Saturday, January 3, 2015

The Professor.




You knew it was coming, right? The  happy-birthday-dear-Tolkien post smack in the middle of Christmas. According to the Tolkien Society, all admirers of the Professor  are supposed to offer up a birthday toast to him at 9 pm this evening. We fill our glasses with goodly drink, stand and say, "The Professor!" Yes, I am going to do that. With my Christmas whisky, which is very good indeed. Yes it is quirky of me. I don't care. 

In honour of Christmas and Tolkien, I am presenting you with the lyrics for a carol entitled All Mydle Erthe It Shall Fulyll - and yes, that really is Middle Earth. Tolkien didn't invent that term, he adopted it. (Fans of Thor might be familiar with Midgard. It means the same thing.) I have not bothered to update the spelling, nor replace "u" with "v" (that word is venite)


A voyce from heven to erth shal com:
"Uenite ad iudicium."

This voyce both sharp and also shryll
Shall be herd from heuen to hell
All mydle erthe it shall fulfyll
    Uenite ad iudicium.
        A voyce. etc.

Uenite is a blyssed song
For them that for ioye dooth longe
And shall forsake paynes strong
    Uenite ad iudicium
    A voyce. etc.

Glad in hert may they be
Whan Chryst sayeth Uenite
Ye blyssed chyldren come to me
    Into vitam eternam
        A voyce. etc.

Whan I hongred ne gaue me meat
Ye clothed me agaynst the weat
In trouble ye dyde me not forgeat
    Uenite ad iudicium
        A voyce. etc.

Ye socoured me at your doore
And for my sake gaue to the poore
Therfore wyll I you socoore
    Uenite ad iudicium.
        A voyce. etc.

Sory in hert may they be
That hereth this heuy worde, Ite
Ye cursed chyldren go fro me
    In to ignem eternum
        A voyce. etc.

Whan for nede that I dyde crye
Confortlesse ye lete me dye
Therfore now I you deny
    Uenite ad iudicium
        A voyce. etc.

For by me ye set no store
Ye shall abye ryght dere therfore
In hell with deuyls for euermore
    Uenite ad iudicium
        A voyce. etc.

            Finis.


And since I know that was a lot of archaic language to skim through, I am also providing two Christmas Carols. O Come All Ye Faithful  in Sindarin (which is the elvish you mostly hear spoken in the Lord of the Rings movies)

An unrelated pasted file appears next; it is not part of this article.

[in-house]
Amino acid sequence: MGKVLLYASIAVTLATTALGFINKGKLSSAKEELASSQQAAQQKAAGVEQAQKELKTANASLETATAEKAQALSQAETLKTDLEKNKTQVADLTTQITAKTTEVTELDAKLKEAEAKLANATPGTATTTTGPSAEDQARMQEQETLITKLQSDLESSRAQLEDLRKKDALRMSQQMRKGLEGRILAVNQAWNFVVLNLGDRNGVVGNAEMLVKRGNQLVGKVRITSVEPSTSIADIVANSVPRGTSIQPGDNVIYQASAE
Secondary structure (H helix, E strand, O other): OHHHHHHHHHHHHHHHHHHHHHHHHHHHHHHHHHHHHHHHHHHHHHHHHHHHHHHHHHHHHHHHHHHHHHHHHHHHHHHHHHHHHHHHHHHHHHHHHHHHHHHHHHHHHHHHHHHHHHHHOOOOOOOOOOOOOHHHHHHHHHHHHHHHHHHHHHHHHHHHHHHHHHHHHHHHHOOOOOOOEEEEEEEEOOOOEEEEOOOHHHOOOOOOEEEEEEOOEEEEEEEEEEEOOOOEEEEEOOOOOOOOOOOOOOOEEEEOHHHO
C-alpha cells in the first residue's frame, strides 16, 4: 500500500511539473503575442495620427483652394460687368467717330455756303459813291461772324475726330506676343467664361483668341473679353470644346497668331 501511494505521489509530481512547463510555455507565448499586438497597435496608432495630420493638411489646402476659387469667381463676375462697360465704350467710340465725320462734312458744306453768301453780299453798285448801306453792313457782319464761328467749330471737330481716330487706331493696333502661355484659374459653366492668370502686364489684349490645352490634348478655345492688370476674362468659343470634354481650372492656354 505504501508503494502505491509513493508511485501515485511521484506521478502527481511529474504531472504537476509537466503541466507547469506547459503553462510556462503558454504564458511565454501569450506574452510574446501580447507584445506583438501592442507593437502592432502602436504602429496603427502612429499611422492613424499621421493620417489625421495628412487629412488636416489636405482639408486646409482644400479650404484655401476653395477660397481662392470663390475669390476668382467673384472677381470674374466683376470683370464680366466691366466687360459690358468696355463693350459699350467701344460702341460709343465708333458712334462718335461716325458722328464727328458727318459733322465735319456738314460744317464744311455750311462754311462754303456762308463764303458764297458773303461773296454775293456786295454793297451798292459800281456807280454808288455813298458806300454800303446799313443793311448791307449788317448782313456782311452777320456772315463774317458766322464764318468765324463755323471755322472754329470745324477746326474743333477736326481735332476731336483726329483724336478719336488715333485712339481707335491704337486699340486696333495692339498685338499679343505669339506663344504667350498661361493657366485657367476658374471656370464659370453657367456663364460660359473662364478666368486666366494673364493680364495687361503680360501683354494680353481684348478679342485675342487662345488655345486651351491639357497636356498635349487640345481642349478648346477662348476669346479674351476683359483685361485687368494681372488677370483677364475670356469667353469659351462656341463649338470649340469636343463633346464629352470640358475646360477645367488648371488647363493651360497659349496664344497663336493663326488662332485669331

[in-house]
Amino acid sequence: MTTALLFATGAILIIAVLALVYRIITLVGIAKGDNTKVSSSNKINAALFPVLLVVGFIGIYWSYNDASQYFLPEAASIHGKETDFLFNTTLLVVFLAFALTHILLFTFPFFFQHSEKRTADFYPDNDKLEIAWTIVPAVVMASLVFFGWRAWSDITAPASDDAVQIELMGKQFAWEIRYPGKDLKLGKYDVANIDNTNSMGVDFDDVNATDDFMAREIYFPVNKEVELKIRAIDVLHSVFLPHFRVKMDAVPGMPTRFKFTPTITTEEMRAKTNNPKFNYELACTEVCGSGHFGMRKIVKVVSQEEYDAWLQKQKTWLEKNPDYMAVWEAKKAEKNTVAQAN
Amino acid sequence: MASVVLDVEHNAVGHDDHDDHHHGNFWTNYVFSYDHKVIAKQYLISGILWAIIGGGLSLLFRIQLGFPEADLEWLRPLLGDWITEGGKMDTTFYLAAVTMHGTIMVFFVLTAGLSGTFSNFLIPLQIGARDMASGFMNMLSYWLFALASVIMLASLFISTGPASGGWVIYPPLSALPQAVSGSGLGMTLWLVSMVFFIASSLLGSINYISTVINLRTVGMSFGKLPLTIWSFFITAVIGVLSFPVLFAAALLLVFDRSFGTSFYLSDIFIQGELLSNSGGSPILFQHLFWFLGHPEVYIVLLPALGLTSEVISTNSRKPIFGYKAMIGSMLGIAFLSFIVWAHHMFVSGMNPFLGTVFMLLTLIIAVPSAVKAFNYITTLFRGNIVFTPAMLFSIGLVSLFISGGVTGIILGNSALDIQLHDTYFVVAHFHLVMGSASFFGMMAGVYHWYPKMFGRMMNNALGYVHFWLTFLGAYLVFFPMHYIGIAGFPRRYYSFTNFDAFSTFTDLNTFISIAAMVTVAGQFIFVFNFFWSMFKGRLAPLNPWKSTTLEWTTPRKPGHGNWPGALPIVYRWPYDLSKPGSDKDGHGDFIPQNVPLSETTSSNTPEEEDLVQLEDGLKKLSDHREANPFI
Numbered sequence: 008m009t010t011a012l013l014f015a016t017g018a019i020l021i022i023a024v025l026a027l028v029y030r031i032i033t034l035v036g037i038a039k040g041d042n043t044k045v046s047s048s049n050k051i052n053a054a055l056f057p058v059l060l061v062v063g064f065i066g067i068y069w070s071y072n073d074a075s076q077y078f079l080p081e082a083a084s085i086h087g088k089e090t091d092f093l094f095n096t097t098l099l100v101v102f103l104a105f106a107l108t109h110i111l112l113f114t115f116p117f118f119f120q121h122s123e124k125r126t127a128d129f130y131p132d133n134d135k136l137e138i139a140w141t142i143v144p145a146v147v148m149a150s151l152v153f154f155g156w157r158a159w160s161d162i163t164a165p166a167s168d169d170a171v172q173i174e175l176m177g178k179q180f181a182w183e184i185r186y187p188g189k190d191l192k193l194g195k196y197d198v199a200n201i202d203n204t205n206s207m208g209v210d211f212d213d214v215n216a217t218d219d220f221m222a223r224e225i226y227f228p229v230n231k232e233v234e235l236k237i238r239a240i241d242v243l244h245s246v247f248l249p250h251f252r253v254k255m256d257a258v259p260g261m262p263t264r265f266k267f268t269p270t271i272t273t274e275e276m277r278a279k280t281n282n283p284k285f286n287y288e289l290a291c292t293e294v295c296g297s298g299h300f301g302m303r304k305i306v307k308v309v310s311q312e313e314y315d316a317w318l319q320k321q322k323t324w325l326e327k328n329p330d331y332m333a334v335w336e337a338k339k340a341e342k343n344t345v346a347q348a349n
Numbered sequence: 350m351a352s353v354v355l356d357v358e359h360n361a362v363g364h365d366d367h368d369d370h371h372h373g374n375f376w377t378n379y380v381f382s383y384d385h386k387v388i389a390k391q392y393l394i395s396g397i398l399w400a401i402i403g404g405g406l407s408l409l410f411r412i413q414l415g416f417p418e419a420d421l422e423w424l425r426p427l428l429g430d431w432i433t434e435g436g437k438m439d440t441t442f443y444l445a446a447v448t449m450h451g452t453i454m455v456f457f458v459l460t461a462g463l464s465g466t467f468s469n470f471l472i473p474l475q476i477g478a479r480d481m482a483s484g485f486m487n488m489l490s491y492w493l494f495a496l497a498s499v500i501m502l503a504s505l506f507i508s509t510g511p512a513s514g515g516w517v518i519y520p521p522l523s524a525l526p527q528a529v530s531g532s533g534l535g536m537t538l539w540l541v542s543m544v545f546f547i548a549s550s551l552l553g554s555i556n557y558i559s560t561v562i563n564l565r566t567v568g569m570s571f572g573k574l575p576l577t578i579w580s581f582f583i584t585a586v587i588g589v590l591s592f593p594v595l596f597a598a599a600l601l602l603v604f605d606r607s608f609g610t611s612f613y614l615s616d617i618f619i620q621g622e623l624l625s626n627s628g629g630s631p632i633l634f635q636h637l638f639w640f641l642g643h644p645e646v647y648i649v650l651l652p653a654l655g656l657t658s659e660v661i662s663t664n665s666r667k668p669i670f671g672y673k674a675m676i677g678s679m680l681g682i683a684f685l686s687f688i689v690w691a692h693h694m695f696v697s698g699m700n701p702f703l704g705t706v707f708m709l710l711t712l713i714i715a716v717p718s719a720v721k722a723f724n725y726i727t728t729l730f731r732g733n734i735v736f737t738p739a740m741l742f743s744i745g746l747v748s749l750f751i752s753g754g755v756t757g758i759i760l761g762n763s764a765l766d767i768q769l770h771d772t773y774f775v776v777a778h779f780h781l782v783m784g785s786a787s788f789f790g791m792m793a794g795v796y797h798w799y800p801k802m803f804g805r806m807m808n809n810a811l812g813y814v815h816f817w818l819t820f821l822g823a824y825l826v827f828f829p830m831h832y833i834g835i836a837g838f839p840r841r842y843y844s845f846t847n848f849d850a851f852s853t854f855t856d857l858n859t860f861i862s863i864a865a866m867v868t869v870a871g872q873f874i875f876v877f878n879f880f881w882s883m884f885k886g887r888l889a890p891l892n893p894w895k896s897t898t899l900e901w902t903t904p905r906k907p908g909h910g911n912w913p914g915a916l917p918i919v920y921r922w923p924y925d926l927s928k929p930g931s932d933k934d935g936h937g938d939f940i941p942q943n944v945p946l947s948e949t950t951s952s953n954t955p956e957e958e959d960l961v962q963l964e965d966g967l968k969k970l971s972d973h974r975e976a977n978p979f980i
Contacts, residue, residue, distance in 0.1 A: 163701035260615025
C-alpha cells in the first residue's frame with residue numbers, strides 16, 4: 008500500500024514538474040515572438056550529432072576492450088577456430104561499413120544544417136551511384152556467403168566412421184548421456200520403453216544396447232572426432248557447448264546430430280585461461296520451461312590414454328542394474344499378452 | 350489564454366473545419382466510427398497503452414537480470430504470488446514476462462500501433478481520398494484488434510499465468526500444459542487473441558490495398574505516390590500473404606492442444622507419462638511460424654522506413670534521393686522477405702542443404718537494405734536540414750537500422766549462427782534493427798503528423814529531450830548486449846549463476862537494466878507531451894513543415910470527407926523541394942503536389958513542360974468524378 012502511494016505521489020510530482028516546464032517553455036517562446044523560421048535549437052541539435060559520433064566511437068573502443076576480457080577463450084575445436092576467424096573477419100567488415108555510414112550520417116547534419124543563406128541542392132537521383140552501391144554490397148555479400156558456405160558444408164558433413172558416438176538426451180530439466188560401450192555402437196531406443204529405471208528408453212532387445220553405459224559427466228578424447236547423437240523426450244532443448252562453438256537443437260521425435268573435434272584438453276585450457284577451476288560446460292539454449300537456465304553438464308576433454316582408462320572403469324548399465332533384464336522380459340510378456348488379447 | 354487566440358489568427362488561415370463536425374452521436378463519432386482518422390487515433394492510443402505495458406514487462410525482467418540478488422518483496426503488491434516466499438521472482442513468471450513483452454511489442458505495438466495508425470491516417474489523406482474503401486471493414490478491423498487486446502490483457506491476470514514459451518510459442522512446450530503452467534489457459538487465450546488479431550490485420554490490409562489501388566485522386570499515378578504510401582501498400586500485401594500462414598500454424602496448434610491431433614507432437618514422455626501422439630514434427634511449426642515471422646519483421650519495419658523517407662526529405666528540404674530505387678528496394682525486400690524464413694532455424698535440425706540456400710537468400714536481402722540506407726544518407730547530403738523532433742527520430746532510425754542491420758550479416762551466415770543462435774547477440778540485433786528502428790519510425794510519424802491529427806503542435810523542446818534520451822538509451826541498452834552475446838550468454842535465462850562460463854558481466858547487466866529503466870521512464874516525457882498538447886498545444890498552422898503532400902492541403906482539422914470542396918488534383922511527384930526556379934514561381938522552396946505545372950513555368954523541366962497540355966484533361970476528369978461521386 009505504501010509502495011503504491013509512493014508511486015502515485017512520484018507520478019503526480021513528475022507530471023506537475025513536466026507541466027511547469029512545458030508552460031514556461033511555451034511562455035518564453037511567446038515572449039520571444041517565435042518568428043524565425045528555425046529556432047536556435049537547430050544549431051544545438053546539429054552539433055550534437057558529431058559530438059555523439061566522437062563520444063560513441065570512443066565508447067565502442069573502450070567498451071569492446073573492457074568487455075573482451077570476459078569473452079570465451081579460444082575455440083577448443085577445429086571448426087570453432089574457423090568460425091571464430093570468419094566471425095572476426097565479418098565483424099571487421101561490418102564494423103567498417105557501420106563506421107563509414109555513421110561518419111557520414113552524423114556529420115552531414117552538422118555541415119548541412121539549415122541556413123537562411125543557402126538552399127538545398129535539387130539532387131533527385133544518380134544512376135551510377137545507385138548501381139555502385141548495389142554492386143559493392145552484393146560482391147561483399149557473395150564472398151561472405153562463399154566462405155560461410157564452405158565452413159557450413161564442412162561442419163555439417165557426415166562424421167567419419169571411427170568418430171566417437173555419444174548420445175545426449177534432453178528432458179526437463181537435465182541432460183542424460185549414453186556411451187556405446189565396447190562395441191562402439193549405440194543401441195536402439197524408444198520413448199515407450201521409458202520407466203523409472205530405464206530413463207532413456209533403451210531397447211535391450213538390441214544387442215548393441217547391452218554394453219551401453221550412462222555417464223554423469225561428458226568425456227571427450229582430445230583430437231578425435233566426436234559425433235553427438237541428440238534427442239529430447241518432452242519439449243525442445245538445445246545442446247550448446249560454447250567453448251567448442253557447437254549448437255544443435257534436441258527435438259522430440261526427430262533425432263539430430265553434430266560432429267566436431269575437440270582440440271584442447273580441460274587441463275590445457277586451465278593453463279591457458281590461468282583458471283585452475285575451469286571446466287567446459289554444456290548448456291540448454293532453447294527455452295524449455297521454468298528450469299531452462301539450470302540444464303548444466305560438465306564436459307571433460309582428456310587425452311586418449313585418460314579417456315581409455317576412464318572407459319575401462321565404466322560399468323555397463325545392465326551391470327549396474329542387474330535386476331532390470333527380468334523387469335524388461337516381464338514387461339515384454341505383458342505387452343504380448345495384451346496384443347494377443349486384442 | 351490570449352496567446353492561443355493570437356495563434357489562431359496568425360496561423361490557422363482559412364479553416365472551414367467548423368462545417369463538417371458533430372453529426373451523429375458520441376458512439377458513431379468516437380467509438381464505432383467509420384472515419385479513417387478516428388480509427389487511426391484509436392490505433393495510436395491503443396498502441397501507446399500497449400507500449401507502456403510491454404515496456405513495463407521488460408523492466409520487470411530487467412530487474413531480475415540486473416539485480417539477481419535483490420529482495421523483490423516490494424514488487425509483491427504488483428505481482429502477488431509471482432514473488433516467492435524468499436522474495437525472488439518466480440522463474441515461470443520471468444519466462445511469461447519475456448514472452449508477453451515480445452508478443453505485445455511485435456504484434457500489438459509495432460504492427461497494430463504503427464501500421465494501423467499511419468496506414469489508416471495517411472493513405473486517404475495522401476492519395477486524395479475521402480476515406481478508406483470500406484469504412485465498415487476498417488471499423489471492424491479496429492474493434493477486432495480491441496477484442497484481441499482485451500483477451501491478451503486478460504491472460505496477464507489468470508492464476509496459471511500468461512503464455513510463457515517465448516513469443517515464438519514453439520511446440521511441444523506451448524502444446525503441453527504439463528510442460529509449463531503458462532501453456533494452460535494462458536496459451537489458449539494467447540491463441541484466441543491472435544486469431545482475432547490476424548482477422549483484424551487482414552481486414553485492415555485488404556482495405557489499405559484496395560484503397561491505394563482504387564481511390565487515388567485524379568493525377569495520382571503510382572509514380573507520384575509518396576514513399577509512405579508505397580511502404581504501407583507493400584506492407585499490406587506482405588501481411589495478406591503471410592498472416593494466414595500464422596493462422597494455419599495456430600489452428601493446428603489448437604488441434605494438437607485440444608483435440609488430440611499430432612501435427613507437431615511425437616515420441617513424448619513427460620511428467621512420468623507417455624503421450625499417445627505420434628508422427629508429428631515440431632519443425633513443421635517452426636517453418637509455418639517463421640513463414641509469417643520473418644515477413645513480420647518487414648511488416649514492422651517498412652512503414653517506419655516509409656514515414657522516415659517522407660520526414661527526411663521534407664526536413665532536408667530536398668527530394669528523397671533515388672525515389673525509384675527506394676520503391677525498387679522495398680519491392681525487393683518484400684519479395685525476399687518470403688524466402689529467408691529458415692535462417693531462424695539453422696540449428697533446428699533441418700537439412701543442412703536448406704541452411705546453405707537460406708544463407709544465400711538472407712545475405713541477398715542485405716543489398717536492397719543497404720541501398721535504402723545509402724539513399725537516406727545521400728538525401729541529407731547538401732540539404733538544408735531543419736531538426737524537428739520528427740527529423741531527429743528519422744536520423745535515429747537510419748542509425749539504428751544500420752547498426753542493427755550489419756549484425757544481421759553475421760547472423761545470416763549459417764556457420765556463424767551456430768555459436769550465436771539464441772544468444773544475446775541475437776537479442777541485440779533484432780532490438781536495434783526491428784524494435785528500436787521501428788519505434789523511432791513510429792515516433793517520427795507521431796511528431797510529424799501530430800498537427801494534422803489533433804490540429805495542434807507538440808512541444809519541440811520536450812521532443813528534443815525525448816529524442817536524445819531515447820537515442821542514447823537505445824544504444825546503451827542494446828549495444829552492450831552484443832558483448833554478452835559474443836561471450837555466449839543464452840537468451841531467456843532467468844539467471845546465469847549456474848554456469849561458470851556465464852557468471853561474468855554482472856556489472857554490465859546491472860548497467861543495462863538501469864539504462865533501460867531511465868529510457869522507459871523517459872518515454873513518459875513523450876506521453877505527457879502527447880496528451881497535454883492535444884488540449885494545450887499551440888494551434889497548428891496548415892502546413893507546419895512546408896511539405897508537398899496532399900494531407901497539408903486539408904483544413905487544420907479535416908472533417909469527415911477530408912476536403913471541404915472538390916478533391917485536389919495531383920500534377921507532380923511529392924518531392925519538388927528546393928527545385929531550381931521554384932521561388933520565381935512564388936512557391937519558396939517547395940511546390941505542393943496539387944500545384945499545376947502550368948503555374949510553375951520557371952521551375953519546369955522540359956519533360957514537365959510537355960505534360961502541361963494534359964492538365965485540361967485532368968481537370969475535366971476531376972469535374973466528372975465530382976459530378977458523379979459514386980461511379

And also In Dulce Jubilo - a macaronic carol, originally in Latin and German, but in this case, Latin and Quenya - Quenya being High Elvish, and the language Galadriel used when she sang Namarie:





And lastly, this rather lovely little thing - Ve E√§rendil vanima . Click on "show more" for the translation, and to find out more about it. Just do it. You'll not be sorry.





5 comments:

Miss Melody Muffin said...

That hymn was FASCINATING to read!!!

Wow, Christmas carols in Elvish languages- COOL!!!

Happy Birthday, Tolkien!

Bella Rose said...

I LOVE IT WHEN YOU POST MAHRI! And you were right, I do like the thing. LOL. Pippin looked quite perfect. You should be proud, I even read your poem. It was a good poem.

Mahri said...

Melody ~ Och, I am so happy to hear you liked it. I am fascinated by old poems like that, and i always get excited when someone else appreciates them too!

Bella ~ I knew I wanted the Billy Boyd picture, so I tweaked it to match the blog - the original is black and white. I'm glad you read the poem. I thought it was good, even leaving Middle Earth out of it :-)

Molly said...

Christmas carols in Elvish, when you want to commemorate Tolkien's birthday, which just happens to fall during Christmastide? You genius, you. I think I was most deeply impressed by the Petri Tikka vid, but all the translations were a real treat.

Mahri said...

Petri Tikka's was a stroke of luck, being one of the suggested videos that came up after 'In Dulce Jubilo'. I was expecting poetry recitation when I clicked it, and was absolutely delighted to find singing - and numerous translations - instead.